Ten Things to Consider and Look For in Handling Insurance Claims

While no two claims are alike, there are 10 frequent claim issues that arise regardless of the type of claim. Do you know what they are?

January 31, 2013 Photo

I love my career as a trial attorney, but most claims professionals do not view testimony as a “fun” part of job. My goal is to address some key points so our professions do not intersect in the courtroom. After all, even simple claims can result in bad faith litigation. Recent trends show more bad faith cases being filed, often with resulting high verdicts. 

There is no “perfect” claim and, even in cases won at trial, a review will find mistakes and many places in which we could do better. Most problems are basic and easily corrected.

While no two claims are alike, these are 10 frequent claim issues that arise regardless of the type of claim. They form a good foundation on which to build claims-handling skills. Consider these 10 items as you approach whatever claim you may encounter.

1.       Be Cautious of What You Write and Say

A good motto is “Anything you write may be used against you.” Before writing anything, ask yourself, “Will I be 100 percent proud of what I am writing if this is presented to a jury?” Assume everything you write is subject to discovery, and filter your comments as you review your work.

Email has dramatically accelerated response times. We no longer think and reflect before responding—but we must. Claimants will intentionally try to provoke angry responses. Emails carry the same power as any other writing. Claims involving texts and “tweets” represent the future and form an even great risk.

This also applies to oral communications. Assume everything you say is being recorded and will be played at trial. Think before you speak. We owe a duty to act with courtesy, respect, and dignity and to not dishonor our profession by engaging in any communication of which we are not 100 percent proud.

2.       Know Your Own Policy

The insurance policy is a contract. Claims professionals must know all coverage, conditions, and exclusions contained in the policy, as well as any endorsements. You may have the duty to inform claimants of all available coverage.

Multi-state claims handling makes this more difficult. You will be held to the highest degree of responsibility for knowing your policy. Many bad faith verdicts result from failing to provide notice of all coverage available or placing conditions and demands on the insured that are not in the policy. Do not merely assume you know what the policy covers or requires; take the time to check and be sure.

3.       When Coverage Is Questionable, Issue a Reservation of Rights

A reservation of rights should be issued whenever coverage may be in doubt. The purpose is not to protect the company, but fairly notify the claimant of possible coverage issues.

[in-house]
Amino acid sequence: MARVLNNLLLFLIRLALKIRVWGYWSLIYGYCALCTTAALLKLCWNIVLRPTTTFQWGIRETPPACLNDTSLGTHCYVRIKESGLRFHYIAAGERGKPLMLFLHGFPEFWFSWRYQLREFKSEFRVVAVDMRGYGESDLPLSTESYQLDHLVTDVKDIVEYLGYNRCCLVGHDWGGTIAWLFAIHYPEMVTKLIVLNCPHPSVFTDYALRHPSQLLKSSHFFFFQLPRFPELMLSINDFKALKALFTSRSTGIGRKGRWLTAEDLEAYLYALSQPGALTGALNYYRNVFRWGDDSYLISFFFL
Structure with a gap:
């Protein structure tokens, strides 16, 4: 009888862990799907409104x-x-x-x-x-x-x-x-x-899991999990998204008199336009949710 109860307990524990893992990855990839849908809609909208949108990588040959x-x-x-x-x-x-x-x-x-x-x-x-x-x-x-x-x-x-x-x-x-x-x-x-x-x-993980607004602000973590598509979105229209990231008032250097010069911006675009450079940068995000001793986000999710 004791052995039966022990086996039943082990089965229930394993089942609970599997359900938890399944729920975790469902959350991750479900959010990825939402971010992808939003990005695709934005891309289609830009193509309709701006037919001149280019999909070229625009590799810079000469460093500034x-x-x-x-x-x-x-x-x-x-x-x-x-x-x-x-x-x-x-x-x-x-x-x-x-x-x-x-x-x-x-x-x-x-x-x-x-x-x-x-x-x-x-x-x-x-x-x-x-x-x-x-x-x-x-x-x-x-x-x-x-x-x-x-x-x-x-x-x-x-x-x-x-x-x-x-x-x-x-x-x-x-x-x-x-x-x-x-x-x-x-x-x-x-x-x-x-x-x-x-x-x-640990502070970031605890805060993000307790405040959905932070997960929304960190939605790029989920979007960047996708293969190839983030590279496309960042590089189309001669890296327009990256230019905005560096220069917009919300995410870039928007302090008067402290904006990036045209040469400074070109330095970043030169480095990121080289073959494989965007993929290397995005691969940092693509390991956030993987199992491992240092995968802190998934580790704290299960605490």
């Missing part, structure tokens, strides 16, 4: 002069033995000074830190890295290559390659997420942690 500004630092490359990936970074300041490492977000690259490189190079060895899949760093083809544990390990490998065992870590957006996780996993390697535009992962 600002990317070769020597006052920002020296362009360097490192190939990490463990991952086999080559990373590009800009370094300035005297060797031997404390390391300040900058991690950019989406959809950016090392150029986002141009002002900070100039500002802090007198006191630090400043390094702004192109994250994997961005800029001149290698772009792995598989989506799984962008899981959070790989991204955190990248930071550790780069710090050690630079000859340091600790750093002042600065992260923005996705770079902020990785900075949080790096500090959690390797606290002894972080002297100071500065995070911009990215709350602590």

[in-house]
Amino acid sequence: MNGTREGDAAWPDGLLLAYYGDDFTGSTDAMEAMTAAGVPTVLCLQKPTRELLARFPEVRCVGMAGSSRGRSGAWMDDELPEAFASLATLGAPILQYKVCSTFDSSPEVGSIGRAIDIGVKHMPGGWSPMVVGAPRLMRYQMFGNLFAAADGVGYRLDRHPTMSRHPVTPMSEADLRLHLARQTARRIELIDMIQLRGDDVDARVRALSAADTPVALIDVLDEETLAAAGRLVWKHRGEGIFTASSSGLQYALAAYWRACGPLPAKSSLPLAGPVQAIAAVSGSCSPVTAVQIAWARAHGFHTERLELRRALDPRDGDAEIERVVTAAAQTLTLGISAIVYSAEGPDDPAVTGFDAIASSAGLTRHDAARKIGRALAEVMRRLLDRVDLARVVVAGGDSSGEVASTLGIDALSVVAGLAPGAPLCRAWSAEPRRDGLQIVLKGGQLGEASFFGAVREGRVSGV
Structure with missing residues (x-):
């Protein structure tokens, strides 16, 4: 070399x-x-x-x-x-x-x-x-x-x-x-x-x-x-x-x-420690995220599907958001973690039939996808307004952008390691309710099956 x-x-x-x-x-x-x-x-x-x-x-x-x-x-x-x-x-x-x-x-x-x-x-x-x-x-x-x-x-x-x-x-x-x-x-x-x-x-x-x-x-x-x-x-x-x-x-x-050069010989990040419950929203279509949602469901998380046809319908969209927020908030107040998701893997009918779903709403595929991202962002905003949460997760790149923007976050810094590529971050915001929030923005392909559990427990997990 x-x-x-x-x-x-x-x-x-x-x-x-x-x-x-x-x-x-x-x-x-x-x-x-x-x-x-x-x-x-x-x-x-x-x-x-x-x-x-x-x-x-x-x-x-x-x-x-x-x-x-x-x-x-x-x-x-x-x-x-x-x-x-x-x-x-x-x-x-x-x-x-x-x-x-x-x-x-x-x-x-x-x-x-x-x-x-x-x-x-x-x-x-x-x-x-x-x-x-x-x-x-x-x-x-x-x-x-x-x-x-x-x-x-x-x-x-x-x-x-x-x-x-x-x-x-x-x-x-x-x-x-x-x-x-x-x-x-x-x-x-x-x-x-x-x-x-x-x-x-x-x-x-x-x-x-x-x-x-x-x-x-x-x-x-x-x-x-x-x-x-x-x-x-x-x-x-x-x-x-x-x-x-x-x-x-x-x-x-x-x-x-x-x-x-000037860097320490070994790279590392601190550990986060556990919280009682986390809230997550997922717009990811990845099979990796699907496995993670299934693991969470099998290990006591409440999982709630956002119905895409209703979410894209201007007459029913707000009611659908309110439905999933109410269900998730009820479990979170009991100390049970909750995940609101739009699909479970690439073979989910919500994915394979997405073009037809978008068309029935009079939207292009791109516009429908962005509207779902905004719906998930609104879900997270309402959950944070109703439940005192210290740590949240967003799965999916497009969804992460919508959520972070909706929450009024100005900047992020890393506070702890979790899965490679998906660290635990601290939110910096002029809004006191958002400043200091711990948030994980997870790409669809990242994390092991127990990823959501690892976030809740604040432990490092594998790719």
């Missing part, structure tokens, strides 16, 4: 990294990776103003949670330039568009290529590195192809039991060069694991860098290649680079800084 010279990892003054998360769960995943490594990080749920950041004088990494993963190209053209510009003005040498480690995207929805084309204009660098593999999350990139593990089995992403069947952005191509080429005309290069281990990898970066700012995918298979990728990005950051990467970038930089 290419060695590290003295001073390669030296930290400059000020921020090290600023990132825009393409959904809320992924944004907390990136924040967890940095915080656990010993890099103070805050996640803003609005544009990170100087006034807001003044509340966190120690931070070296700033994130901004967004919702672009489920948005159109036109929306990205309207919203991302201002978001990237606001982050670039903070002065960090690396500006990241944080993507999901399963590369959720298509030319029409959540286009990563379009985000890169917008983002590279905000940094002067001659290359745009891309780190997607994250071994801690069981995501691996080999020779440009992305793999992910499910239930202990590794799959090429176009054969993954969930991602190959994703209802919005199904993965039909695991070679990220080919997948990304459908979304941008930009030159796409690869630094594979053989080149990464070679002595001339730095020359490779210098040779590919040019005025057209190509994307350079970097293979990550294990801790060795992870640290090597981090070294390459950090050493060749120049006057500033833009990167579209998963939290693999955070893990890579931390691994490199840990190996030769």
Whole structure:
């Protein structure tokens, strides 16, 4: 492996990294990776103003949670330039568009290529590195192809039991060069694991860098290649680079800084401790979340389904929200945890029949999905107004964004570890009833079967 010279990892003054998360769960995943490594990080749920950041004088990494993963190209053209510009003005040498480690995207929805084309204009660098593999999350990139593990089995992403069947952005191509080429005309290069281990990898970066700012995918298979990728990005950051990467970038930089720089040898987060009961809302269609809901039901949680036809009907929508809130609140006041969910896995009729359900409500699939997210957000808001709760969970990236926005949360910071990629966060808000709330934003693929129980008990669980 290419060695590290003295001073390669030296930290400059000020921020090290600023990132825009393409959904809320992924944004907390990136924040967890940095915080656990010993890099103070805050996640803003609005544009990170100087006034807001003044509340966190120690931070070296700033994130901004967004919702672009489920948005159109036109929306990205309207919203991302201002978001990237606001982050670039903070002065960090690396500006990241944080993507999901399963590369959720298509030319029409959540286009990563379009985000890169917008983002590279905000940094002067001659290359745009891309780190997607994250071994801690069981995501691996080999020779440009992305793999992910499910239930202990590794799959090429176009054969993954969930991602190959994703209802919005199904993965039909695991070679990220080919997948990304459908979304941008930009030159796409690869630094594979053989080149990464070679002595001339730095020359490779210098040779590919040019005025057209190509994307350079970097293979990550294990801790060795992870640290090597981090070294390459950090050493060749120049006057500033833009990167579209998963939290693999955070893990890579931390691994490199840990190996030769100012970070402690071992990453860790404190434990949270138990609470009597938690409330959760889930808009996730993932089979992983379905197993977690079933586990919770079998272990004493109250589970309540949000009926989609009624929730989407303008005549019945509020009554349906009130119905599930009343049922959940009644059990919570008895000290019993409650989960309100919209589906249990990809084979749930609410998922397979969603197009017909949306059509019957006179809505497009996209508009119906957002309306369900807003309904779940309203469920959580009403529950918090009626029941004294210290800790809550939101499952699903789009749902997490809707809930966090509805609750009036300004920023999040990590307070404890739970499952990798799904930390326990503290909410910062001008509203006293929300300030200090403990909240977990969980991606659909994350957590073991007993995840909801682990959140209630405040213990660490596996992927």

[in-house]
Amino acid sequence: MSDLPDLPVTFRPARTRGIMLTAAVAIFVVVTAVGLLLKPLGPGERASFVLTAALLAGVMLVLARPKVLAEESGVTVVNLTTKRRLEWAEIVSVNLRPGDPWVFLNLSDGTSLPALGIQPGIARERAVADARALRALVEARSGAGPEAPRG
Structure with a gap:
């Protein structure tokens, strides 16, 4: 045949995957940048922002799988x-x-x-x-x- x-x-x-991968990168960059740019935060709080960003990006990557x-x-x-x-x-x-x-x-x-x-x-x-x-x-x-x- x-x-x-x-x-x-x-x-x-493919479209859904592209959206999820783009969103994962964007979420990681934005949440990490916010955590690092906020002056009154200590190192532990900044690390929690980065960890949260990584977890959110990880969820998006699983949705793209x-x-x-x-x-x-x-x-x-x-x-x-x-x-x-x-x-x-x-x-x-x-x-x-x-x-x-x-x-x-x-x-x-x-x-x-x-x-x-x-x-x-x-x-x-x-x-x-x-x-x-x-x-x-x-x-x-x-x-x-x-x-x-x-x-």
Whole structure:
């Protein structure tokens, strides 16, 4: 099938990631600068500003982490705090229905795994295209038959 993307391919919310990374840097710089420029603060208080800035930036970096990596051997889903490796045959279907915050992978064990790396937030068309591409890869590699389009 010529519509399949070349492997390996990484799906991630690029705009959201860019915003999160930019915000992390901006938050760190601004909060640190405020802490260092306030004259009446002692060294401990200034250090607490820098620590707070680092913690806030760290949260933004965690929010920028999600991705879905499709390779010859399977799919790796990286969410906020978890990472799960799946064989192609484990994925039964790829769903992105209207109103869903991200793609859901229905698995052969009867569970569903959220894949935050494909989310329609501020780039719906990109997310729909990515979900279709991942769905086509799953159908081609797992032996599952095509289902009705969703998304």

A non-waiver does not replace a reservation of rights. Most jurisdictions require the reservation of rights to be specific and not general. The letter must cite the specific sections of the policy affecting coverage.

Many states obligate specific fraud warning language in claim communications. Almost every jurisdiction requires insurers to provide law enforcement, fire investigation agencies, and state departments of insurance with requested records. Advise claimants that your company will turn over file records to any appropriate state agency that properly requests documentation. Finally, there is no reason to not issue a mutual reservation of rights notifying the insured their rights are equally protected.

4.       Failure to Secure All Pertinent Documents and Records

There has never been an era in which more documentation is available. Equally, there are more restrictions on securing private information, due to HIPPA and other federal and state legislation.

The job of the claims professional is to secure all relevant information and documentation in a proper and legal manner. The best tools are a signed authorization pre-suit and a subpoena in litigation. Many companies have failed to update authorization forms to include new electronic communications and the right to data retrieval.

What is relevant depends on the claim. Bodily injuries will require past and current medical and wage records. Property claims may include loss histories and damage documents. Do not overlook access to cell phones, text messages, “tweets,” and social media postings. Retrieval of data from computers, tablets, and vehicle black boxes may be crucial, depending on the facts of the loss.

5.       Use Sworn Statements in Proof of Loss Correctly    

Each company has differing guidelines relative to the use of proofs of loss. Proofs of loss are an extremely important tool in compelling the insured to attest under oath to the occurrence of the loss and all damages claimed. Promptly requesting a proof of loss should be a part of any thorough investigation.

In most states, when a proof of loss is received, an insurer has three options:

  • ACCEPT, meaning the claim will be honored and paid.
  • REJECT, if the proof is materially deficient in providing necessary information, or not signed by all insured persons.
  • HOLD, pending completion of the investigation. This allows the insurer to move forward with the investigation while not accepting or rejecting the proof of loss.